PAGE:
Observing Port Antonio High Mathematics Teacher, Mrs Tanya Dawkins as she teaches her students, it seems she has found the formula for making the subject relatable to her pupils. From using games and other interactive formats, she recently disclosed to a visiting media team that she has been finding interesting ways to present material to improve appreciation for the often-dreaded subject.
According to the College of Agriculture, Science and Education (CASE) and The University of the West Indies (UWI) Open Campus trained teacher, her expressive nature helped her to cop the coveted award to become the eighth champion since 2013, and one can easily see that she has a commanding presence in and out of the classroom.
Her passion for teaching and love for mathematics blossomed while at Titchfield High school and her aim since then has been to make the “next generation” understand the relevance of mathematics.
“I want to motivate the students who I interact with and I want them to see that they also can accomplish anything that they set their minds to as long as they put the time and effort into accomplishing it,” she said.
Her favourite strands to teach include measurement and consumer arithmetic, which are both relatable to everyday life. “I like teaching these topics because they are so real,” she said, while explaining how areas such as discounts are taught to position a student to be able to make informed decisions so that they can’t be easily taken advantage of.
“I always encourage them to be able to work out their discounts because that way they know what exactly they are supposed to do,” she added.
Mrs Dawkins teaches from grade eight (second form) to eleven (fifth form), and while she enjoys her job, she acknowledges that it’s not easy.
She recalls a challenging time when students were returning to face-to-face classes after being forced online for months due to the COVID-19 pandemic. She said the transition back to that modality was challenging because most students did not have online access and had fallen behind in their work. However, “we pulled through and I think at that point the students realized that ‘Miss’ cared,” she said.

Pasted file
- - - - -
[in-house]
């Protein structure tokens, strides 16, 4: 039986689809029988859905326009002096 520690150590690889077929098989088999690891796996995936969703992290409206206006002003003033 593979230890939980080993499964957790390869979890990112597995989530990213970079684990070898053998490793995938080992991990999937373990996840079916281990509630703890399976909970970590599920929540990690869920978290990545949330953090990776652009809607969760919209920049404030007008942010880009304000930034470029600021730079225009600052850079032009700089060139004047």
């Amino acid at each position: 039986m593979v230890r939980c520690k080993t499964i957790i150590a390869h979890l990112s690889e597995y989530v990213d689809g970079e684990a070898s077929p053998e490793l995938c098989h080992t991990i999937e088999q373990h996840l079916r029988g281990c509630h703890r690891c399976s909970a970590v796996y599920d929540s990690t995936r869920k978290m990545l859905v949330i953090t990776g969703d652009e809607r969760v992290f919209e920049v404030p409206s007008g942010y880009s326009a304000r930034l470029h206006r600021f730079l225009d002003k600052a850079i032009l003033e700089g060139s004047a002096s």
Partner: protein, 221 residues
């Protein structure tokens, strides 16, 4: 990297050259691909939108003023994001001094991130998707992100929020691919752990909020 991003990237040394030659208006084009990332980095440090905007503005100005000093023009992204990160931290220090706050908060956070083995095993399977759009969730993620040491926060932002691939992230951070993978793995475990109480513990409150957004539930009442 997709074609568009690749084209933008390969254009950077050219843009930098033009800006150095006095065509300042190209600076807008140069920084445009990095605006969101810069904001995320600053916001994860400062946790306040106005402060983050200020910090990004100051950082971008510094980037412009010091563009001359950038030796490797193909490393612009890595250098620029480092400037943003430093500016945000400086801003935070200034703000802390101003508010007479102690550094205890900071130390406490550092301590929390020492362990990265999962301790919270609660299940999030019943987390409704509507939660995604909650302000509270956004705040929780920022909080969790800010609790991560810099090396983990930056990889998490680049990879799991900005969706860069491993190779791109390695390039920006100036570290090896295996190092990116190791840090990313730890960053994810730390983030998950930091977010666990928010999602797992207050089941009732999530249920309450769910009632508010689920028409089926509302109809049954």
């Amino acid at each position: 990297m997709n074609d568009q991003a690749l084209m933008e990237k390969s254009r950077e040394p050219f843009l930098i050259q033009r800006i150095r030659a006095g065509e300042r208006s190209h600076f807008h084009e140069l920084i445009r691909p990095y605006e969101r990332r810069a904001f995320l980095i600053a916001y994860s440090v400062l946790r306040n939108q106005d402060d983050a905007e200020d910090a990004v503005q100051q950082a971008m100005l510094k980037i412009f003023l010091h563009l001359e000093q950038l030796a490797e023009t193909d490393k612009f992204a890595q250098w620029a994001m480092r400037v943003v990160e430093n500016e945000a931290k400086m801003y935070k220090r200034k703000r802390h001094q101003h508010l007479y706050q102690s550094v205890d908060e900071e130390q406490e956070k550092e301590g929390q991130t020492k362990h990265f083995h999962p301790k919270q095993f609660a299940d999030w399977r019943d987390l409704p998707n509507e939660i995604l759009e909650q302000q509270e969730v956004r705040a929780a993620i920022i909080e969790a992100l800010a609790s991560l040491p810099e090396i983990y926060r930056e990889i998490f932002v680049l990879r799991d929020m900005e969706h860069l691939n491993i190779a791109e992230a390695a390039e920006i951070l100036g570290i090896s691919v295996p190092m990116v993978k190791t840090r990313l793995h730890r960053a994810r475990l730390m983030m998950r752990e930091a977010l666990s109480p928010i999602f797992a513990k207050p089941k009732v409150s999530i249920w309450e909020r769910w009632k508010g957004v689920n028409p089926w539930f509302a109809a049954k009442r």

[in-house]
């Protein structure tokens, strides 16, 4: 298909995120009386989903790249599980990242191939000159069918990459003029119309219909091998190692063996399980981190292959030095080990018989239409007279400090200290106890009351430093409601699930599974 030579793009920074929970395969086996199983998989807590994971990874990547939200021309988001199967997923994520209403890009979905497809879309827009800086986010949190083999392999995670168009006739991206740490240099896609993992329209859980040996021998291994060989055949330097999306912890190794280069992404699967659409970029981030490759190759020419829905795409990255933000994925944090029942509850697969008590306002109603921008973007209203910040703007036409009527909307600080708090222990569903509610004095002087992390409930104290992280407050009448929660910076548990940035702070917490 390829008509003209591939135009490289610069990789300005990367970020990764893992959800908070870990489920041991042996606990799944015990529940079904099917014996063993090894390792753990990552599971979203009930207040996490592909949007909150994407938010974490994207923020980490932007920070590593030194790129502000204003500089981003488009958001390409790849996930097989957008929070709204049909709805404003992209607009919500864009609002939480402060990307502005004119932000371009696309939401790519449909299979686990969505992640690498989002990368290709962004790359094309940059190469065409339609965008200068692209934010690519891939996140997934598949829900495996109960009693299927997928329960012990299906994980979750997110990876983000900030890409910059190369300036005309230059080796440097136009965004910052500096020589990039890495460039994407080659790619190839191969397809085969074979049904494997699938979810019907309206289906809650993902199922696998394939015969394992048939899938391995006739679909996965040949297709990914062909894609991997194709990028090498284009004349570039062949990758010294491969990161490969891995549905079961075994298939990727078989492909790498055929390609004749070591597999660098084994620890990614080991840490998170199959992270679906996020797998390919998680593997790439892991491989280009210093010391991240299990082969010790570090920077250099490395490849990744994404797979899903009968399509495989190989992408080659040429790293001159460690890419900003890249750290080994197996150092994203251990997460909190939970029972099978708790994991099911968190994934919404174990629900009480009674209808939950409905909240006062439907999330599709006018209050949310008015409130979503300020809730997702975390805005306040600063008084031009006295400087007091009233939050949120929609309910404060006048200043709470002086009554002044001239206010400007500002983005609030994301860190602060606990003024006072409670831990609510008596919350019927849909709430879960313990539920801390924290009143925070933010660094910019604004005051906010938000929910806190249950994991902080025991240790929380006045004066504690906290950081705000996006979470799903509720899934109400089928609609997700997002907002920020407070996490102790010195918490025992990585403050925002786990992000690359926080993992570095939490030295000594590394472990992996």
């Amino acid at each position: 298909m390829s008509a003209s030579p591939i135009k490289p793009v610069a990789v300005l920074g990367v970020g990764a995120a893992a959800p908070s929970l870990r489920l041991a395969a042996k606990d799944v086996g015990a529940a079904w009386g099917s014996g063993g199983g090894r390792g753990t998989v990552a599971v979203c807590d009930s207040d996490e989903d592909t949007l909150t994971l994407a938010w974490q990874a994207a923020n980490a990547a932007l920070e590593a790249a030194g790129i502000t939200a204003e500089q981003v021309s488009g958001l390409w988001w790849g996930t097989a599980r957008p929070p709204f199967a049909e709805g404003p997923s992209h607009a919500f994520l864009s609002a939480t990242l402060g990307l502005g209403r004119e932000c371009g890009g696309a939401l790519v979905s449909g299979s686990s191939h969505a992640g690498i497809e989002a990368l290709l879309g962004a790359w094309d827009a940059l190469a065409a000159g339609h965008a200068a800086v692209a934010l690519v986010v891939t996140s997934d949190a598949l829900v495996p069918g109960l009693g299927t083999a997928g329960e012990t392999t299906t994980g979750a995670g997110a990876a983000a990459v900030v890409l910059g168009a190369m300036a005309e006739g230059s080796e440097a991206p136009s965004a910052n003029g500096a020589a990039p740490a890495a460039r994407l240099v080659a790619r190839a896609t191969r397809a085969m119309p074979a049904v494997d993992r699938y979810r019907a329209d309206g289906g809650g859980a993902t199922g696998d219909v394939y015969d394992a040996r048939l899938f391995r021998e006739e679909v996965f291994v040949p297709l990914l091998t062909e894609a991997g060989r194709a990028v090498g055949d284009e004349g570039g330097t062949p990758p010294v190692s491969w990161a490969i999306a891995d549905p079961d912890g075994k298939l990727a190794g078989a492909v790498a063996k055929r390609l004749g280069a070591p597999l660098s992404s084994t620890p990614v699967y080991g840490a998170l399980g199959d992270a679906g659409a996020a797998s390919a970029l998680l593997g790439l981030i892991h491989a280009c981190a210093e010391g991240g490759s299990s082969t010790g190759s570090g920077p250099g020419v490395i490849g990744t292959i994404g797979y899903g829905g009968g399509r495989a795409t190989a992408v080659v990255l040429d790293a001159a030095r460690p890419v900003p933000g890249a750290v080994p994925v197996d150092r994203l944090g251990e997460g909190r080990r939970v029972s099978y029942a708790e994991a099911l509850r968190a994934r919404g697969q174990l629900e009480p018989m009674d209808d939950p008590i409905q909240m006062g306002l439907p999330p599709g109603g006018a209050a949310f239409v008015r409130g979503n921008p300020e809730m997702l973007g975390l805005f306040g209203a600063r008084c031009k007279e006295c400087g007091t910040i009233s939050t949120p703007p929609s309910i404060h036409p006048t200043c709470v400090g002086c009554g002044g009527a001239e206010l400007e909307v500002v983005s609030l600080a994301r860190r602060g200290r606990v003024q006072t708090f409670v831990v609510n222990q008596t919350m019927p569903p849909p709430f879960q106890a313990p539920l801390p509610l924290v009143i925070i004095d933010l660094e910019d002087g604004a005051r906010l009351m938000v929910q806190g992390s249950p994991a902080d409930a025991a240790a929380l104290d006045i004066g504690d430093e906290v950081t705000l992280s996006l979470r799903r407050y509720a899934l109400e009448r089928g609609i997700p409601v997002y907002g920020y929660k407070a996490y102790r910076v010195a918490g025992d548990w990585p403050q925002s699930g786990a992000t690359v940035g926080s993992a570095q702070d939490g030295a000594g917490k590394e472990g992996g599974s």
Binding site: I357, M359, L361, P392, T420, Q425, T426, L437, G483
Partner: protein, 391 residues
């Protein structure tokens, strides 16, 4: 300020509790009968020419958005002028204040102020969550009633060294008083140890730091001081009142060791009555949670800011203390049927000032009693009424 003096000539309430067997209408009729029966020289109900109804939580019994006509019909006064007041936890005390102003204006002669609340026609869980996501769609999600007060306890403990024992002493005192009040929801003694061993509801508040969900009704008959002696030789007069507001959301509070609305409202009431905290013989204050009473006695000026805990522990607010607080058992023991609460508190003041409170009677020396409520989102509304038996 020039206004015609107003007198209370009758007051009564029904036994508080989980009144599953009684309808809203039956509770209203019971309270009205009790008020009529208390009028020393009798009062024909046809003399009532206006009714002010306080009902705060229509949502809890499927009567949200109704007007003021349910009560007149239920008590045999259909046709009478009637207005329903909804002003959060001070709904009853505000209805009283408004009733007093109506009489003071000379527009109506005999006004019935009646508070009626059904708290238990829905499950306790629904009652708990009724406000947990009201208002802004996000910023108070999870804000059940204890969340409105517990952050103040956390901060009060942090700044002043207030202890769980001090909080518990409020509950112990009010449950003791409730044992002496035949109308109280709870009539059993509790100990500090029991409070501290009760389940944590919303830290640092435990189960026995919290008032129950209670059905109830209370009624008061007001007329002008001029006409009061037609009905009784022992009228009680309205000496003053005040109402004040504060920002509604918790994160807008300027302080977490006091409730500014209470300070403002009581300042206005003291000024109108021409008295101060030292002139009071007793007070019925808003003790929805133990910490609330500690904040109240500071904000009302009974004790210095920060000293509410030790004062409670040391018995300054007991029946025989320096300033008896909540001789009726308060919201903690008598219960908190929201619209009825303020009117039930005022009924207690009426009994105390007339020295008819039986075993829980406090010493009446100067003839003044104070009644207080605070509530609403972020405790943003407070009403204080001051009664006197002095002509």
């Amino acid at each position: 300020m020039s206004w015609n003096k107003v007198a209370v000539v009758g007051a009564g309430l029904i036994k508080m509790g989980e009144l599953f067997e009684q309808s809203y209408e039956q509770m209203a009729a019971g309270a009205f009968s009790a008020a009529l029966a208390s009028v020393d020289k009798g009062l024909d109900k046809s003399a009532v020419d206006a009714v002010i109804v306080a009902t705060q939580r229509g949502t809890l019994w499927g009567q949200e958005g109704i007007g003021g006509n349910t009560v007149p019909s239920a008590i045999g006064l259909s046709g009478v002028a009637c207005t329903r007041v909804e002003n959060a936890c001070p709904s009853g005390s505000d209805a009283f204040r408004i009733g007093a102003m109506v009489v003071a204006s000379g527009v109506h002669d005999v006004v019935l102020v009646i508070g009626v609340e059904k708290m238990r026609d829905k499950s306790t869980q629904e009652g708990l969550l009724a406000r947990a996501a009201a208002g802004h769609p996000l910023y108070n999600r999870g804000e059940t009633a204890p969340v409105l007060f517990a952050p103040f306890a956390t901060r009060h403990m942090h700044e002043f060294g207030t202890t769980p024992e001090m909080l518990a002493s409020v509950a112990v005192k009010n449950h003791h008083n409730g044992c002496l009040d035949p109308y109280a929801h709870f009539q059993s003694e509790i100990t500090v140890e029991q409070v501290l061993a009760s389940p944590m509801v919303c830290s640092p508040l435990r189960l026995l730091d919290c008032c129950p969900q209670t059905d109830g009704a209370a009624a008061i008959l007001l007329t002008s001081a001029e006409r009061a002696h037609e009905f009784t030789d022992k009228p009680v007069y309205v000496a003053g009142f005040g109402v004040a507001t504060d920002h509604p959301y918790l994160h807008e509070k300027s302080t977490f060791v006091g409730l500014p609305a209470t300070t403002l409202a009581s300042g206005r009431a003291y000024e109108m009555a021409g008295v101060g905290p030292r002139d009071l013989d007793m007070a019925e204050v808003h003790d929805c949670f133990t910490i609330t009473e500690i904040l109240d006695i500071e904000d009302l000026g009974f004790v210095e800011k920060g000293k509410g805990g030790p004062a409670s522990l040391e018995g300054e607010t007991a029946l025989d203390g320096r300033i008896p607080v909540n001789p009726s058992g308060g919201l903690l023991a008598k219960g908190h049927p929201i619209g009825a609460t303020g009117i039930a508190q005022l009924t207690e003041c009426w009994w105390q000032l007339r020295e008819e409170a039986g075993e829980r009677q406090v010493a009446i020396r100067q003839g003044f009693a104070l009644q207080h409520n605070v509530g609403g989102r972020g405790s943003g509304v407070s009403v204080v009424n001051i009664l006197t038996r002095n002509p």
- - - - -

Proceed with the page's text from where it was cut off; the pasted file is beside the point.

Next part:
“I think the level of patience and interest that I showed the students as they completed their SBA’s and ensuring that all the students who were going to be doing the subject were on target with their SBA’s, was a very memorable moment,” she added.
Mrs Dawkins was recommended for the Ministry of Education and Youth’s Mathematics Teacher of the Year Award by her colleagues, led by the Head of the Mathematics Department, Ms Juleen Roper. “Mrs Dawkins is a hard-working, dedicated teacher and the way how she prepares and executes her lessons shows me how passionate she is about Mathematics and her students,” Ms Roper said.
Her colleagues believe Mrs Dawkins is making a lasting impression on her students, with at least one former student even going as far to tell his mother that he wants her to be his teacher until he graduates from the school.
Grade 10 student, Kayseigh Jones, agreed that Mrs Dawkins has become a standout teacher, noting that she ensures every student understands at least one thing from the day’s lesson before she moves on. “I can recall a time where she postponed a test because someone didn’t understand something,” she said.
Mrs Dawkins’ work ethic and rapport were also noted by the Ministry’s Cluster-based Mathematics Specialist for Region 2 (Portland, St Thomas and St Mary), Mrs Suzette Simpson McNeil, shortly after taking on Port Antonio High in 2021 as one of the schools she coached.
Mrs McNeil noted that “the passion she has is different from most people, and after the first term, I said she is definitely one of the teachers we have to recommend from the region for the award.”
Mrs McNeil said, with the award now in the bag, the next step is to prepare Mrs Dawkins to become a Master Teacher. In this role she will be trained to build the capacity of other teachers in Portland and the region.
As part of her winning package from JN Bank, Mrs Dawkins received a trophy as well as membership to the National Council of Teachers of Mathematics (NCTM)- the world’s largest mathematics education organisation, based in Virginia in the United States of America. This year she will join the other members of NCTM for a teacher conference where she will have an opportunity to share her ideas and practices and also gain new insights.
For Mrs Dawkins, Mathematics remains important to society, being applicable to almost everything. With only 37 per cent of students receiving a passing grade for the Caribbean Secondary Education Certificate mathematics in 2022, going forward, her vision is to have more collaboration among maths teachers to improve the outcomes of students in her region and the entire country.
”Mathematics can be fun for the students so as teachers let us come together and work to increase the passing rate for our subject,” she said.